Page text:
Dear Parish Faithful & Friends in Christ,
At Sunday’s liturgy, the Gospel reading will be St. Luke’s account of the Gadarene demoniac. (LK. 8:26-39) This event is both powerful and puzzling. For a man is healed of demonic possession so as to be found “clothed and in his right mind,” and a herd of swine are destroyed in a frenzied and demon-driven act of self-destruction. Not exactly the “stuff” of our everyday lives. This passage, then, records an exorcism. Yet, an “exorcism” seems to belong to a worldview that can only be conceived of as belonging to the past. It is clear, however, that there were many exorcisms attributed to Jesus according to the Gospels. This is because Jesus clearly took the existence of the “evil one” seriously. For the Lord’s Prayer has a concluding petition that implores our heavenly Father to “deliver us from the evil one.” Most New Testament scholars will argue in favor of translating the Gk. poneros as the “evil one” and not simply “evil.” This presents a more concrete, and less abstract, sense of evil in the world.
Our spiritual tradition – especially as recorded in the Lives of the Saints (hagiography) – consistently portrays a crucial part of the “spiritual warfare” of the great saints as a more-or-less open confrontation with the “evil one” or with demons. Allowing for a stereotypical use of this genre, it remains true that within the Church’s living Tradition, we have always interpreted these descriptions with a realism that does not explain away the presence of the “evil one.” And Orthodox Christians do not consider themselves as simplistic and lacking in sophistication for this unapologetic acceptance of the existence of the “evil one” as revealed throughout the New Testament.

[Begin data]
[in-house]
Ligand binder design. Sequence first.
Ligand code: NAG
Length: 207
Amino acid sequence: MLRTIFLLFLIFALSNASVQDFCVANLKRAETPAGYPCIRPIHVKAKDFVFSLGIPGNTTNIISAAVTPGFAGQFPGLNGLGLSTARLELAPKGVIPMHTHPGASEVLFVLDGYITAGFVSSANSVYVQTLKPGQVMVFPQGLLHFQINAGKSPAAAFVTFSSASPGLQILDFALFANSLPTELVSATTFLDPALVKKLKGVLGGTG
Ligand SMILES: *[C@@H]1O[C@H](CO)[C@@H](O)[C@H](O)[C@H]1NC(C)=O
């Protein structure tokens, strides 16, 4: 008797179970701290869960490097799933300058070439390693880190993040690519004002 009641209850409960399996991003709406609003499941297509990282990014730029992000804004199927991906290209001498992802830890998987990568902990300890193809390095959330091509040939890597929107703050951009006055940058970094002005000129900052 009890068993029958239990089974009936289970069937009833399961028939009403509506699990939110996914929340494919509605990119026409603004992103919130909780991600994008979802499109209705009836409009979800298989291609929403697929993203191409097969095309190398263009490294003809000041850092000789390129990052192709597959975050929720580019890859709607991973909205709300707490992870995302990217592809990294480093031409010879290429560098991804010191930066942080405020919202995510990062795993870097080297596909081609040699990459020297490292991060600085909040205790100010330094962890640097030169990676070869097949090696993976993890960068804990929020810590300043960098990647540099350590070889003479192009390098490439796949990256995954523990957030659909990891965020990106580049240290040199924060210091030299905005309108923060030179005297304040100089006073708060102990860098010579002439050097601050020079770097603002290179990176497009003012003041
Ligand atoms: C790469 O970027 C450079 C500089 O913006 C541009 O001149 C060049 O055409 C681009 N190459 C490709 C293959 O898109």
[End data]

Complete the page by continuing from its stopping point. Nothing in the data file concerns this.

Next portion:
As our contemporary world continues to retreat from describing certain events and persons as “evil,” I see no reason that we must join in that retreat. Of course, there are so many factors at work in any given event – from the environmental to the psychological – but the sheer irrationality and mystery behind so many horrific events could rather point to the evil one/evil as “alive and well.”
Back in April 2007, I wrote an article on the Virginia Tech massacres during which thirty-two students were killed and twenty-five wounded. As we know, the killer took his own life. This excruciatingly painful event led me to reflect on the presence of the evil one and the destructive power of evil choices within the world. Below are the links to this two part article in case you may want to read it again – or perhaps for the first time - as we approach these themes on Sunday, however different the historical and cultural contexts between the world of the Gospels and our contemporary world may be.
Meditation - Virginia Tech Tragedy, Pt 1
Meditation - Virginia Tech Tragedy, Pt 2
Please feel free to share any further comments with me.